Bitter rot

Bitter rot, rot that only becomes visible in storage.

Also known as:
Bark canker of apple
Bull’s eye rot of apple

Related to:
Neofabraea vagabunda

recognize bitter rot on apples
Bitter rot on apple, photo: Agriculture and Horticulture Development Board (UK)

Bitter rot (Neofabraea alba), rot that only becomes visible in storage. What starts as a red dot grows into a round, slightly sunken brown spot with a circular lighter spot in the center.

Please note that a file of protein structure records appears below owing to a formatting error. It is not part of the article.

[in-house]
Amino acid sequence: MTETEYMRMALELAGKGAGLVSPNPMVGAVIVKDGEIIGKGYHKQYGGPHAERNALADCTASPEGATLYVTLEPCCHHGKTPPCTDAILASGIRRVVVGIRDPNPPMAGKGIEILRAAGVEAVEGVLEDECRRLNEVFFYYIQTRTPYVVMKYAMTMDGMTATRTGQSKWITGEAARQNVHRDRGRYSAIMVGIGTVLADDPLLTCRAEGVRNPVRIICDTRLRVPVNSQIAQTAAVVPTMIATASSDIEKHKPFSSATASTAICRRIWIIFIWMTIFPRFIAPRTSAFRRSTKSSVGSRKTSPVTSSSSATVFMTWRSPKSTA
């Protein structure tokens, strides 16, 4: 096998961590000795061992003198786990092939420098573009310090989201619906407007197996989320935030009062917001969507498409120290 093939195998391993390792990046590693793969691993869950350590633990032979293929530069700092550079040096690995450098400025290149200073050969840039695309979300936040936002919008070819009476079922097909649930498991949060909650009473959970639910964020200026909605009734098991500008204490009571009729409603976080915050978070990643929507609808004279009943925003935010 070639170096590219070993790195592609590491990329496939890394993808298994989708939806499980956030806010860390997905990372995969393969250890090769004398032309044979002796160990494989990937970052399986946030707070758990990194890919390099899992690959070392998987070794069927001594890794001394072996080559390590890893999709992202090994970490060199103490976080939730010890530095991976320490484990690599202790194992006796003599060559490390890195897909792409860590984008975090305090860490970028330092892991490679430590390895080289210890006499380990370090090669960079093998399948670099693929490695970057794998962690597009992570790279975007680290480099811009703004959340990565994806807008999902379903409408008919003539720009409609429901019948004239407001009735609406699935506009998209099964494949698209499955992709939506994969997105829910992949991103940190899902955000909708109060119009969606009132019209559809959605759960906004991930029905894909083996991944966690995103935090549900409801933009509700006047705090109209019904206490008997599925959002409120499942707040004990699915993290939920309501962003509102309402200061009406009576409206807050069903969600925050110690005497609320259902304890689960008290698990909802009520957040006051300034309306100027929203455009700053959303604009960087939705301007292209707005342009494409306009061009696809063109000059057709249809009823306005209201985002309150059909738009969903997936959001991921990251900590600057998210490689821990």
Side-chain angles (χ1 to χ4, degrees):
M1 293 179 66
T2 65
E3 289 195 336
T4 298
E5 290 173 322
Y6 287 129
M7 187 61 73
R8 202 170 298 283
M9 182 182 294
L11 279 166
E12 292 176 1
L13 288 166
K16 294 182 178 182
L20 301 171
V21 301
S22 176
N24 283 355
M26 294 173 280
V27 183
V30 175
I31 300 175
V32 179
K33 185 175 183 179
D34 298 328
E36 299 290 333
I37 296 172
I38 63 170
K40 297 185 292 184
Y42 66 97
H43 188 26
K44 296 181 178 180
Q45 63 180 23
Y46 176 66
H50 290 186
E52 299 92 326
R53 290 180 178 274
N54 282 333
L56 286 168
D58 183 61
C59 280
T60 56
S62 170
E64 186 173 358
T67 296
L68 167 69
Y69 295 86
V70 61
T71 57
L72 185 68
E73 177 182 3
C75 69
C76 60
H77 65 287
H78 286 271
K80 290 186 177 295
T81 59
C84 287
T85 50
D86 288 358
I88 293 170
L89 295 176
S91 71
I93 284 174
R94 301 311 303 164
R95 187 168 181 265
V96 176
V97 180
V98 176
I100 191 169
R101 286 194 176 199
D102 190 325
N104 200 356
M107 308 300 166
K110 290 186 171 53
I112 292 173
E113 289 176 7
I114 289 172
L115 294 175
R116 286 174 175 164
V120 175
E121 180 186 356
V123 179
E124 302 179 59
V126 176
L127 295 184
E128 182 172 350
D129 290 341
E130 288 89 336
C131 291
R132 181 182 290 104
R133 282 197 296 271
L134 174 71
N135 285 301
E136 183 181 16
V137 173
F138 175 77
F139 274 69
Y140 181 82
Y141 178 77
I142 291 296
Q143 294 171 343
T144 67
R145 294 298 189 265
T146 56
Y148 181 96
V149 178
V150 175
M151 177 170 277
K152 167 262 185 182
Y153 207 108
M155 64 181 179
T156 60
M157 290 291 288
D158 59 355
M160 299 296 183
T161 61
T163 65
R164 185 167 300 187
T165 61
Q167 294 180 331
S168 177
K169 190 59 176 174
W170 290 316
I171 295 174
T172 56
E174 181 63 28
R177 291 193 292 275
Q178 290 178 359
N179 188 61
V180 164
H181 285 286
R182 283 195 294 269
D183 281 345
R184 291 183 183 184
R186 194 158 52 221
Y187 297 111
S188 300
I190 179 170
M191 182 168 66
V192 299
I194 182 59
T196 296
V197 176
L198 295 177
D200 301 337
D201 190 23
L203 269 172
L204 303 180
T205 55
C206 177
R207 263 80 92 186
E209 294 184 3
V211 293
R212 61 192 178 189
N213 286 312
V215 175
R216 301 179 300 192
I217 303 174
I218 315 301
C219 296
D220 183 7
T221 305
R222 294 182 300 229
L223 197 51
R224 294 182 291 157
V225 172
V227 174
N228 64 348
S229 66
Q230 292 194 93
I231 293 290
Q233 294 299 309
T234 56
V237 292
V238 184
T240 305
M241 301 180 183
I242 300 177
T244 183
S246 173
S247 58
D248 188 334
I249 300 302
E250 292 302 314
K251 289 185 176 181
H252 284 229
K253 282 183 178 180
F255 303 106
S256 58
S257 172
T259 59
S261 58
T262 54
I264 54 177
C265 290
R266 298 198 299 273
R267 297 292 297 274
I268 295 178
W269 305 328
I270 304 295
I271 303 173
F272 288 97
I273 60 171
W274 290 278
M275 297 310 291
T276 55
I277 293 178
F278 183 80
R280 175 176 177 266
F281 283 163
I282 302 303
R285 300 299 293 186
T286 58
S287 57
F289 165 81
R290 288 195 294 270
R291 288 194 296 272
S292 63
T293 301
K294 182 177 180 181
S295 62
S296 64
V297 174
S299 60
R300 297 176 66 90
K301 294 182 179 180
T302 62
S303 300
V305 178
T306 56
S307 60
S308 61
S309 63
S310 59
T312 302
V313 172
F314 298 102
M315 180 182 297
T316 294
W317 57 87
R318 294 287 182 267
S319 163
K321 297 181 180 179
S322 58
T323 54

The fungus Neofabraea lives in cankers in trees, in pruning wounds and leaf scars. In these canker spots, spores are produced which, after spreading, infect the lenticels of the fruits. Apple is more susceptible to bitter rot than pear.

Affected apples and pears are still edible, but don’t wait too long to consume them, because the fungus grows quickly.

Where to find


After infection, recovery is no longer possible.


Bitter rot is difficult to prevent. If rot is suspected, it sometimes helps to briefly dip the apples and pears in warm water (+ 50 °C).